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Can rum be overaged?


mbanu
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In the whiskey world, there's a (debated) theory that the amount of age a spirit can handle (evaporation issues aside) decreases as the distillation proof increases, because the lighter flavors from the spirit have more trouble competing with the stronger flavors from the barrel. For instance, some styles of Scotch appear to reach their peak around the same time as a brandy, between 20 and 40 years, while some people think that Bourbons (whose distillation proofs have crept up quite a bit since Prohibition, although not in the same area as rum) peak between 10 and 20 years.

Does this seem to apply to rum? Can rum be overaged?

*Edit: After thinking about it a bit, I remembered that rum is generally sent into the barrel at a much higher proof than whiskey. Would that cancel out any risks of over-aging because of the extra dilution involved to get it to bottle strength, or am I making things needlessly complicated? :)

Edited by mbanu (log)
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It is my experience that rum, like all spirits, reaches a peak of maturity after which the attributes for which we love the spirit decline. While molasses-based rums are typically aged at about 80% alcohol by volume, sugar cane-based rums are typically aged at about 70% alcohol by volume or less.

I tend to like molasses-based rums which have aged from 5 to 12 years, but then if aging is done at a higher altitude, hence lower temperature the peak of maturity may be extended to something more like 30 years. In Martinique it is generally agreed, as much as anything is agreed, that ten years is about the peak of maturity given the temperature and aging proof. As for the alcohol content changing with time. I've seen barrels that have increased and other which have decreased in alcohol content in the same aging warehouse. Temperature seems to be the biggest factor assuming that both barrels are properly bunged.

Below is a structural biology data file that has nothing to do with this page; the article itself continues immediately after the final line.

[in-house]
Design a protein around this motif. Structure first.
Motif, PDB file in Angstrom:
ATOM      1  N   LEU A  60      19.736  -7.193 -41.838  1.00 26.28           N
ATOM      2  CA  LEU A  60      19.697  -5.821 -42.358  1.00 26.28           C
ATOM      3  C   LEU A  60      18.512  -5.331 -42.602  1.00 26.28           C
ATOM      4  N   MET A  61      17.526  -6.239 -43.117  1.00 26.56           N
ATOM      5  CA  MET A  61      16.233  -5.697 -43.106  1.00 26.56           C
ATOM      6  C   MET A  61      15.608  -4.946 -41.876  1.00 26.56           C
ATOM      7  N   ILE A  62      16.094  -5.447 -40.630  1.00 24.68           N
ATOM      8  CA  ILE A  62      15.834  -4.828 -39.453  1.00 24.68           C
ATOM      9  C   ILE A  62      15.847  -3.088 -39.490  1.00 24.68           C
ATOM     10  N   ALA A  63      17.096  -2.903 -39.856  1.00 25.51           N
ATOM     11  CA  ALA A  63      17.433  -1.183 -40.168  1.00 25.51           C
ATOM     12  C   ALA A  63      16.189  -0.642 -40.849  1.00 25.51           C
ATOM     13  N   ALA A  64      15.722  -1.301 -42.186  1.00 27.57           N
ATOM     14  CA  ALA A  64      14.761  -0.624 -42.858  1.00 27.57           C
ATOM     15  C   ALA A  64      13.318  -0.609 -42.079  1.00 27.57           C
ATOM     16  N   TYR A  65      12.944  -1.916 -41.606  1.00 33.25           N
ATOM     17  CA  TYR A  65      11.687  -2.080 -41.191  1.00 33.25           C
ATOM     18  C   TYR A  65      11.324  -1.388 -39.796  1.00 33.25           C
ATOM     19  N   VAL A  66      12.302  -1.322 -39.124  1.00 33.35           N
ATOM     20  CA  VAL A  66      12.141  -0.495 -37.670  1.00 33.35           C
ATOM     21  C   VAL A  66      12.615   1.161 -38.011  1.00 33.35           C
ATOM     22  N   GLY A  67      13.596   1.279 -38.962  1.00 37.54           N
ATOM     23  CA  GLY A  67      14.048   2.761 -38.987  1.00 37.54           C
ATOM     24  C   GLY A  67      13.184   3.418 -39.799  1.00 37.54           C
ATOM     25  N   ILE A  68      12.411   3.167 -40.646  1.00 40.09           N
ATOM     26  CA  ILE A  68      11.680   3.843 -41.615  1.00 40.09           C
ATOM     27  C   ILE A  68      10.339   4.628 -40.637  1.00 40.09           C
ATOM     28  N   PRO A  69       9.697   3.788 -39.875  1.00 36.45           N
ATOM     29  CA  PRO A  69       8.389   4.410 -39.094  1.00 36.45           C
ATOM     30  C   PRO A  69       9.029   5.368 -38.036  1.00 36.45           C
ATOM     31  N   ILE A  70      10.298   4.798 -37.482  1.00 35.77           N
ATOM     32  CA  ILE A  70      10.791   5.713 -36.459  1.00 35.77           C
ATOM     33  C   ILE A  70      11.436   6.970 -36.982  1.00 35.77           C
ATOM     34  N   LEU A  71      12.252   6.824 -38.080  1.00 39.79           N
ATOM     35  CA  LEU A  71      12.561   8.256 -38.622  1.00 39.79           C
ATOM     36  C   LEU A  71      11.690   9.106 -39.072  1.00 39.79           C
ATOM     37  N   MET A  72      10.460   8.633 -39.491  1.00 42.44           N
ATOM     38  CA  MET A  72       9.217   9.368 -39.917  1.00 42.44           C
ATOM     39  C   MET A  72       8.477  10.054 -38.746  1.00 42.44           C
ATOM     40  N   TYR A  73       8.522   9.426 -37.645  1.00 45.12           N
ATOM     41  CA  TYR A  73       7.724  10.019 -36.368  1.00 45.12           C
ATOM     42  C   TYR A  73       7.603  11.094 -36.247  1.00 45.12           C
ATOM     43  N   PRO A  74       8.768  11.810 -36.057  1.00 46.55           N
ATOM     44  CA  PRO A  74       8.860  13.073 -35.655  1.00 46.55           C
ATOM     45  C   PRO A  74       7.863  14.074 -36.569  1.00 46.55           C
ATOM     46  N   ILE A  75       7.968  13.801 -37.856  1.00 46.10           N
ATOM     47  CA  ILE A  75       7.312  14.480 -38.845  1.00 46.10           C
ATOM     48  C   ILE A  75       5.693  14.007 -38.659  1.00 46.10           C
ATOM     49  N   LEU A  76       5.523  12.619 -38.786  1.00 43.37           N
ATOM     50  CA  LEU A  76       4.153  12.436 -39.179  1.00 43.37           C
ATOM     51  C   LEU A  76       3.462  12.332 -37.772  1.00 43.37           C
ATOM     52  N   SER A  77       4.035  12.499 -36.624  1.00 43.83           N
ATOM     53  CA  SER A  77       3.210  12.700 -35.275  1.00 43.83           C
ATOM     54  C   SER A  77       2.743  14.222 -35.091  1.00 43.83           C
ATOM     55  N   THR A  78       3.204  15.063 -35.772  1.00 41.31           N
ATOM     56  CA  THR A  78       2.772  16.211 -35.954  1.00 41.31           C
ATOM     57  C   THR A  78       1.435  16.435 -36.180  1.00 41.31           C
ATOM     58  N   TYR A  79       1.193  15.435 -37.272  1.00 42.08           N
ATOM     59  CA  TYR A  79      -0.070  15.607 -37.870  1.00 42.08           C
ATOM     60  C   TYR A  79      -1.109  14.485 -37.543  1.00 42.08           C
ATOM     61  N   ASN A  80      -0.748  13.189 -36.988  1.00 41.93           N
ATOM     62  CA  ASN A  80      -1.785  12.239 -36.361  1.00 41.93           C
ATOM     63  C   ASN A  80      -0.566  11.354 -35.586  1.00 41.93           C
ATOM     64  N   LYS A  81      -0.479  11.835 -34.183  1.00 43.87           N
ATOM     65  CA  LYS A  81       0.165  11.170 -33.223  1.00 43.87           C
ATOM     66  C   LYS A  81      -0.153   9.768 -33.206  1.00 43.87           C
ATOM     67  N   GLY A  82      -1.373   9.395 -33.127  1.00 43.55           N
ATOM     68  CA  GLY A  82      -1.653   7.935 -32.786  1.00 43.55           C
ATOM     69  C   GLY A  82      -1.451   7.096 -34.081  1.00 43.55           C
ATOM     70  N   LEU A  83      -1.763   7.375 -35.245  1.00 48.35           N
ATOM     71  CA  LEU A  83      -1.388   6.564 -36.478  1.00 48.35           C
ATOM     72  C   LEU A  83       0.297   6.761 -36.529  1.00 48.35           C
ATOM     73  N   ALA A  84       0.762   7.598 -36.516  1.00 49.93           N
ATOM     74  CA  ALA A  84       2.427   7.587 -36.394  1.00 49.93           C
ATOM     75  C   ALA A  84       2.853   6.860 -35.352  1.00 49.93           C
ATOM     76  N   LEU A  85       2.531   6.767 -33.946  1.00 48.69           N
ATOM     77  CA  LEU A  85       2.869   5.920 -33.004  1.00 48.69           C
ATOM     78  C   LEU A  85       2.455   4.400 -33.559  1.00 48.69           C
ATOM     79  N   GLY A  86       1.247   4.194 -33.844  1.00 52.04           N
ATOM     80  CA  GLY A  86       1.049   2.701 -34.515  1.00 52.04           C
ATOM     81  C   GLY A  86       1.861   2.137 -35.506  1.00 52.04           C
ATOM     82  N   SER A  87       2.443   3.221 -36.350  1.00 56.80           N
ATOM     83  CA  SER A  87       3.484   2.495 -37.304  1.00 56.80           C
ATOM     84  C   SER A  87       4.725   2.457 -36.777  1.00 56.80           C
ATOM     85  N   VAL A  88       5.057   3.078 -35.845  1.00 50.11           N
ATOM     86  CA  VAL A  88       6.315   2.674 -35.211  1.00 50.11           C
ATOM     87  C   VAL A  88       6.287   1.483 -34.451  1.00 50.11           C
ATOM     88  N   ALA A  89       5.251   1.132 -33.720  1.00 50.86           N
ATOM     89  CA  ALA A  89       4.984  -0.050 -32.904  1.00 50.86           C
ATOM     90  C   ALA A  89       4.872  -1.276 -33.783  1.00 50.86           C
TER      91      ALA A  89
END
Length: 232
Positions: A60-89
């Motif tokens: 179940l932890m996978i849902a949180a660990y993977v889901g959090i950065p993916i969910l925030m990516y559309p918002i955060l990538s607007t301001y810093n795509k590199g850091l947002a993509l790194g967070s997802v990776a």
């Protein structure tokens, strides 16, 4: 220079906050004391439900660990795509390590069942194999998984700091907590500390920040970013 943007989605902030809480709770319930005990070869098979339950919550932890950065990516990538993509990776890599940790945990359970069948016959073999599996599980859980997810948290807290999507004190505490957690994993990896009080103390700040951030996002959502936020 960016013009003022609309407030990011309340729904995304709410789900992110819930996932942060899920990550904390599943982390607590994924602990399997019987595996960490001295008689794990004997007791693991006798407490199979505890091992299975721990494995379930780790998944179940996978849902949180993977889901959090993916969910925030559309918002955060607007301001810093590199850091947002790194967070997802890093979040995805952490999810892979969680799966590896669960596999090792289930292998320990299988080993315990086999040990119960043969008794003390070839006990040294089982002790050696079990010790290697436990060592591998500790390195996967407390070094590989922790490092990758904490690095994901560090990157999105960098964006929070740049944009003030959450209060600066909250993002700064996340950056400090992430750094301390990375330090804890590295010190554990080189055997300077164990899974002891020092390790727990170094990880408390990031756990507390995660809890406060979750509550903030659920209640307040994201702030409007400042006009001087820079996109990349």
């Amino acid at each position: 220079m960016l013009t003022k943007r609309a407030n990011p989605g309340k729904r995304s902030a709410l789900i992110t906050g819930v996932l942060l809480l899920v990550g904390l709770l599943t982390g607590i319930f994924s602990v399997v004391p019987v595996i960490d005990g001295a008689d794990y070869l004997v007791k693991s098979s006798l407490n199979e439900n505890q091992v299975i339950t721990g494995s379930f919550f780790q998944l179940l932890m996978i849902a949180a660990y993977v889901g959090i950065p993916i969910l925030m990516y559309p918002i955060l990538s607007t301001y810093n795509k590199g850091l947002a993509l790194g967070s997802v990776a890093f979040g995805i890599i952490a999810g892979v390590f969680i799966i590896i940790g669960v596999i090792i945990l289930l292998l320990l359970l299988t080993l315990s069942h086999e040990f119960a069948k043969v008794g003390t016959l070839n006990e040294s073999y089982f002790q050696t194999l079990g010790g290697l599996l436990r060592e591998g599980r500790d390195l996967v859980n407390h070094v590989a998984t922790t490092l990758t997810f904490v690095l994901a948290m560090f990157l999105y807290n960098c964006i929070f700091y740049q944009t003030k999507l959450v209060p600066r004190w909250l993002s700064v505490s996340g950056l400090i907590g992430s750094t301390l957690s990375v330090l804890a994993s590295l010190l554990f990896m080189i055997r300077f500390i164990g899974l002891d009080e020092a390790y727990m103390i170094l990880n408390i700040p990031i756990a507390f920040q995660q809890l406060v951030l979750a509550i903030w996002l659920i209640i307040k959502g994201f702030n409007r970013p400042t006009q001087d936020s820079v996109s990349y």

Edward Hamilton

Ministry of Rum.com

The Complete Guide to Rum

When I dream up a better job, I'll take it.

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<blockquote> Hi, </blockquote>

from what I've read, it's very easy to over-age rums in tropical climates. The aging process is a sum of many chemical reactions, and chemical reactions happen much more quickly at higher temperatures. Aging a rum too long allows the flavors of the wood to overpower the flavors of the rum. Idealy, the flavors are balanced and complement eachother. <blockquote> </blockquote>

This is one of the reasons why rums are often blended, so that the flavors can be balanced. Often, a two-year-old rum will be blended with some five-year-old rum, for example. n this way, the distiller can make the rum taste just the way he wants. with the same level of woodieness from batch to batch. The label should indicate the age of the youngest rum in the blend. <blockquote> <blockquote> Dan </blockquote> </blockquote>

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Next to over aging one can have "bad barrels"as well.

We still have a molasse based rum dist; 1948 and to my knowledge also aged that long which was way over the top and undrinkable!

ed

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Next to over aging one can have "bad barrels"as well.

We still have a molasse based rum dist; 1948 and to my knowledge also aged that long which was way over the top and undrinkable!

ed

That's when you break out the light rum, and see if you can save it through blending, i suppose. :)

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As much as some people try, you can't add old rum to young rum and end up with a good rum. We're talking about congeners in small concentrations that will adversely affect the taste of the finished product.

I've tasted a few rums which were blends of over-the-hill rums blended with younger rums and the results were much less than I hoped for. What's a distiller to do? When a distiller finds some barrels that had been neglected in the warehouse for an extra decade and the rum isn't really good enough to drink straight there is a real temptation to blend it into other blends. Unfortunately, no one wants to admit that their rum is over-the-hill.